Moving right along. Here’s the third of five installments covering 50 standout tracks from 2014. Arranged in alphabetical order, this segment extends from British pop royalty Jessie Ware to Ought, aka just another Montreal band with a string section. Click the track names for music videos and follow the links at the bottom of the page for more aural/mind stimulation. Enjoy.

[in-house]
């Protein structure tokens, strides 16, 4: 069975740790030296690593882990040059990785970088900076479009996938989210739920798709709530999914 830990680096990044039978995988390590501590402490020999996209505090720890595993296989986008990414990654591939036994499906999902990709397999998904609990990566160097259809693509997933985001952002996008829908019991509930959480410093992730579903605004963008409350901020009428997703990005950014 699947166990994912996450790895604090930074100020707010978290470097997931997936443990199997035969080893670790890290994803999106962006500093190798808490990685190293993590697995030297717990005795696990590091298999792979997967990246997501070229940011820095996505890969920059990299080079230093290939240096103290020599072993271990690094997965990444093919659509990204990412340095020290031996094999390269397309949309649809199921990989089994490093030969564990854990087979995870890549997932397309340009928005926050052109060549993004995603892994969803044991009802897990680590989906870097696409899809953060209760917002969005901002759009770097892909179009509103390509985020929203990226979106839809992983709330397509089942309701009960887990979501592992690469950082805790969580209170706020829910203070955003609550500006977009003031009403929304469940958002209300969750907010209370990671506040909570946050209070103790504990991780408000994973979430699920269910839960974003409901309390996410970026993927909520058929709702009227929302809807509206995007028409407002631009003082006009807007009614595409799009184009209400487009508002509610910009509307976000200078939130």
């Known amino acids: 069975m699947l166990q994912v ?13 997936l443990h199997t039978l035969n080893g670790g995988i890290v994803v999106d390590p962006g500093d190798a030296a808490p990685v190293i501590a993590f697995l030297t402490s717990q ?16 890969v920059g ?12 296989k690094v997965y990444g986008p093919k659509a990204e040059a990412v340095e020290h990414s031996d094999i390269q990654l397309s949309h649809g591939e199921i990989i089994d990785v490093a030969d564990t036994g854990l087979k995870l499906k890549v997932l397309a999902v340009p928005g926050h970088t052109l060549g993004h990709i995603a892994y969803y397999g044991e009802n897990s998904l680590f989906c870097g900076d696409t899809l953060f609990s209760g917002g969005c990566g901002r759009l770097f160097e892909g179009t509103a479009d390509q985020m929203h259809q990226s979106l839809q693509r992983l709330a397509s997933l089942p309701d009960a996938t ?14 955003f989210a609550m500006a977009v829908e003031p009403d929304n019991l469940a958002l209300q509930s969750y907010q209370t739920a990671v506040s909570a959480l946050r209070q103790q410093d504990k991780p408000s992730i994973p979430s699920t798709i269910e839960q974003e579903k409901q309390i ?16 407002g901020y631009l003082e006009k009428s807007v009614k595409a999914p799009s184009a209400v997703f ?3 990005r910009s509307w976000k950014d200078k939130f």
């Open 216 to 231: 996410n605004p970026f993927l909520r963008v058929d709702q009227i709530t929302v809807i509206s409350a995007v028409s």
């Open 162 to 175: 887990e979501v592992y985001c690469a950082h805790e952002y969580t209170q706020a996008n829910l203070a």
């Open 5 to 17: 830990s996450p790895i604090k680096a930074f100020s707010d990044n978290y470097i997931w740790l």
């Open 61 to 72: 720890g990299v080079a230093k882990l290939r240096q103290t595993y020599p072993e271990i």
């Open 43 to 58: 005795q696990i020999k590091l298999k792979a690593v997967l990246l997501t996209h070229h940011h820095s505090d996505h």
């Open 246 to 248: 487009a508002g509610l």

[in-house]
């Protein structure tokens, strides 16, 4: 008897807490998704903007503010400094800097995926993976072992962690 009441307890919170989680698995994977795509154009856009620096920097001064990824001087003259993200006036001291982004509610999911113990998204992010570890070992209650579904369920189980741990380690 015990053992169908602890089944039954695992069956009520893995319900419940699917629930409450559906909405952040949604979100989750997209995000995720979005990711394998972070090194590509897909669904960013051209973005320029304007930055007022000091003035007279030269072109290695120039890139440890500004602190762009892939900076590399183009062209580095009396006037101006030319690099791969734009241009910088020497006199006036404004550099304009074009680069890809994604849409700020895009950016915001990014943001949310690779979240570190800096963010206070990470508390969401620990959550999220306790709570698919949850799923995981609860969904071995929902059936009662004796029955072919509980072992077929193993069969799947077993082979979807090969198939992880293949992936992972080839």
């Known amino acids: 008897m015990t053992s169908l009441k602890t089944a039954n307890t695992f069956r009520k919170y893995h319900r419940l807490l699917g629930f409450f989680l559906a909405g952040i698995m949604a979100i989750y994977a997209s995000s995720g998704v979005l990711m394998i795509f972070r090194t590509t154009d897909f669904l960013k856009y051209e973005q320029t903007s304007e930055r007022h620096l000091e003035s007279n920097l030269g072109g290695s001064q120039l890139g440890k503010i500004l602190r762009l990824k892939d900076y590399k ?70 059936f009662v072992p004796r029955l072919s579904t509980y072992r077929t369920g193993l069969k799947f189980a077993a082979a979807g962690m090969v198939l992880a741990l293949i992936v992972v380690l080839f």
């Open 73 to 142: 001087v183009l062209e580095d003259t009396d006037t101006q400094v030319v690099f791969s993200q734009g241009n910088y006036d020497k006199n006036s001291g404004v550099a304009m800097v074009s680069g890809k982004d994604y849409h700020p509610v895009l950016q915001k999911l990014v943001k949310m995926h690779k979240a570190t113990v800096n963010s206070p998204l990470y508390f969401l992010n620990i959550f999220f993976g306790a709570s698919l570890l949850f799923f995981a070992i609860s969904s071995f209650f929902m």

Jessie Ware plays every role a pop princess ought to. She’s impatient seductress one minute (“Cruel”) and heartbroken lover the next (“Tough Love”) and somehow finds the time to mine a ripe middle ground between the two (“Kind Of…Sometimes…Maybe”). But when it comes down to it, Ware’s true gift to the world is her ability to absolutely slay a ballad. The best and worst thing about ballads is how generic they can be and yet still leave you a puddle of gooey sentimentality. Ware’s full throated vocal leaves no doubt that she connects deeply to wanting to feel “burning flames” when the object of her attention calls her, a metaphor that has racked up impressive miles over the years. But, to be fair, don’t we all? On her uniformly excellent second album, Tough Love, “Say You Love Me” represents the finest union of her strengths as a vocalist and the intelligence of her highly skilled production team who strip the track to its barest essentials only to have it explode into ecstatic revelry. It stands to reason why this formula works so well for Ware. She excels at intimacy. “Say You Love Me” is meant for bedrooms, headphones, and, ultimately, private moments. It is comfort music from a singer who knows what it feels like to need it.